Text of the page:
Sunday mornings are a dry time for me televisually. The behemoth that is Hollyoaks has never suckered me in, and the other channels diet of Christian God bothering and non-specific deity bothering bothers me not. And running and hiding from Sunday Homes & Gardens (a Lawrence Lllewelyn-Bowen front clip shop of Changing Rooms with Carol Smilie exorcised out) I ended up on the liferaft that was Channel Five. And a pair of youngsters running away from and adult and being very sulky.

Hold up I thought. What’s this. I recognise this style. Indeed I did: over the next half an hour I was confronted with a non-stop adventure about some form of child time traveling robot, his mistress, some sulky boy from the 20th Century and some gubbins about Dick Turpin actually being a fourteen year old girl. According to this show, much of the eighteenth century was entirely run by fourteen year old stage school kids. And the moral, time-traveling without due care or attention is really rather dangerous. The program was Morris 2274 , and the style was Daniel Peacock’s.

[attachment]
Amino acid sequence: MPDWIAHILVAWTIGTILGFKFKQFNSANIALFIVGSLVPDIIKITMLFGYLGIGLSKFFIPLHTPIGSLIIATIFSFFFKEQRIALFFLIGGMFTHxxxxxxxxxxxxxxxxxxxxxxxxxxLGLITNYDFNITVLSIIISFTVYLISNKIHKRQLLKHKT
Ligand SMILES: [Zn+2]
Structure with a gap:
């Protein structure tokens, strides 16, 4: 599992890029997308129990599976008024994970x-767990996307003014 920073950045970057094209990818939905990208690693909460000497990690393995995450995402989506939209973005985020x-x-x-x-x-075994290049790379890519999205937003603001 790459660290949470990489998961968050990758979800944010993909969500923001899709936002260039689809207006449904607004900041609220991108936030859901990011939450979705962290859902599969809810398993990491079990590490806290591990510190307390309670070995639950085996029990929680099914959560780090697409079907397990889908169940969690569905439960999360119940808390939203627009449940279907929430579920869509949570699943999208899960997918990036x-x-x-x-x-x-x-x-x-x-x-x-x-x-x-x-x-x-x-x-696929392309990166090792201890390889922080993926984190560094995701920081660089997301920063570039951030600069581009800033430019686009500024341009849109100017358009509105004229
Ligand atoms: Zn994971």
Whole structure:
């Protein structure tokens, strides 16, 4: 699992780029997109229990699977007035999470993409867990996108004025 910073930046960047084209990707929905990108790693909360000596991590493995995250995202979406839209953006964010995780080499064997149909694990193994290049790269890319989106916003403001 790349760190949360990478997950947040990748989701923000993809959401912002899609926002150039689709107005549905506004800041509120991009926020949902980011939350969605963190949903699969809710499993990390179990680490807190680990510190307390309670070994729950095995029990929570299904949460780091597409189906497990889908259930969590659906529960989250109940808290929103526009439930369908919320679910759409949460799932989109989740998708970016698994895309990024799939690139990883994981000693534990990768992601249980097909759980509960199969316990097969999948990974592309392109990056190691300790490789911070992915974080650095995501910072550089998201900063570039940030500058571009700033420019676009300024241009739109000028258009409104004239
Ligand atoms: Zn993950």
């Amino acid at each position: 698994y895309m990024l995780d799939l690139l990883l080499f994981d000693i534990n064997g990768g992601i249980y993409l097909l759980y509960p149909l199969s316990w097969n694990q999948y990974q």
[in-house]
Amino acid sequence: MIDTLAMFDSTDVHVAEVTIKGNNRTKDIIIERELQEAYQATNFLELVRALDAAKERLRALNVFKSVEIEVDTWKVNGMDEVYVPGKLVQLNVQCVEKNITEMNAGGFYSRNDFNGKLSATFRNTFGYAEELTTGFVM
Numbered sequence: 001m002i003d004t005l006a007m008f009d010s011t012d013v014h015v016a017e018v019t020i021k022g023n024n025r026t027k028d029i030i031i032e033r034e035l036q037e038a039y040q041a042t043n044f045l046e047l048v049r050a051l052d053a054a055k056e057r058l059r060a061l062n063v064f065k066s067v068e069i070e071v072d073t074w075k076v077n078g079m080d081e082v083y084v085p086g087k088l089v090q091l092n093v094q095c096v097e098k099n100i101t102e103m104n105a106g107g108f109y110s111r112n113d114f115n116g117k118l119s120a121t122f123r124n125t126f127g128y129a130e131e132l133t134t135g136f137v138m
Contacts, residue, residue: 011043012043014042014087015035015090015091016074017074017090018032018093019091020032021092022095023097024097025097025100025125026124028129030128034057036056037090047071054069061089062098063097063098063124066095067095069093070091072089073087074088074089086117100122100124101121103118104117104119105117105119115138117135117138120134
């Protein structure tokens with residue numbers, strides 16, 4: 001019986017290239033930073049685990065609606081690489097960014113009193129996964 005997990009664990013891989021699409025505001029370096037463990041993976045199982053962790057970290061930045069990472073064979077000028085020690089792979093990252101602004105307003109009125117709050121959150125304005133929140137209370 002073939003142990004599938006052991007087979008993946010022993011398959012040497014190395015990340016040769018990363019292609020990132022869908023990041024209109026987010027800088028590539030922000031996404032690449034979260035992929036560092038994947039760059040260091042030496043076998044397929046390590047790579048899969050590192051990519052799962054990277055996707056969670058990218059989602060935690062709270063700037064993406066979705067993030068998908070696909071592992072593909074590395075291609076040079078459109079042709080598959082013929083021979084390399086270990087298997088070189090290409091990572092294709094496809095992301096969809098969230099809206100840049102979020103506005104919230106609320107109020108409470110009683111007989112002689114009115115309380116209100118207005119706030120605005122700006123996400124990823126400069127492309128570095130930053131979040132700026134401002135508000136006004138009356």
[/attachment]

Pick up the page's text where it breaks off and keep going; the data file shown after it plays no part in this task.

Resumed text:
Peacock is the member of the Comic Strip that people remember even less than sulky Peter Richardson. Recently he has concentrated his output on writing and producing kids shows. These include Harry And Cosh, Channel Five’s cross between Ally McBeal and Grange Hill, and Cavegirl – a feminist, stage school version of 10 Million Years BC. All are characterised by devilishly fast non-sequitur editing, heavy on the sight gags and a fifteen year old cast who it is assumed are able to take on almost any role. Many a Saturday afternoon has been spent trying to work out what the hell was going on in Harry And Cosh. Morris 2274, on the one viewing yesterday, should be even more confusing.

(The actual plot, according to the intro is as follows. It is the year 2274. All children have a Morris, a robot tutor cum protector cum policeman. Except Billie’s Morris has gone wrong and allows her to anarchically run around in time for no reason other than dressing up purposes. It is surprising funny.)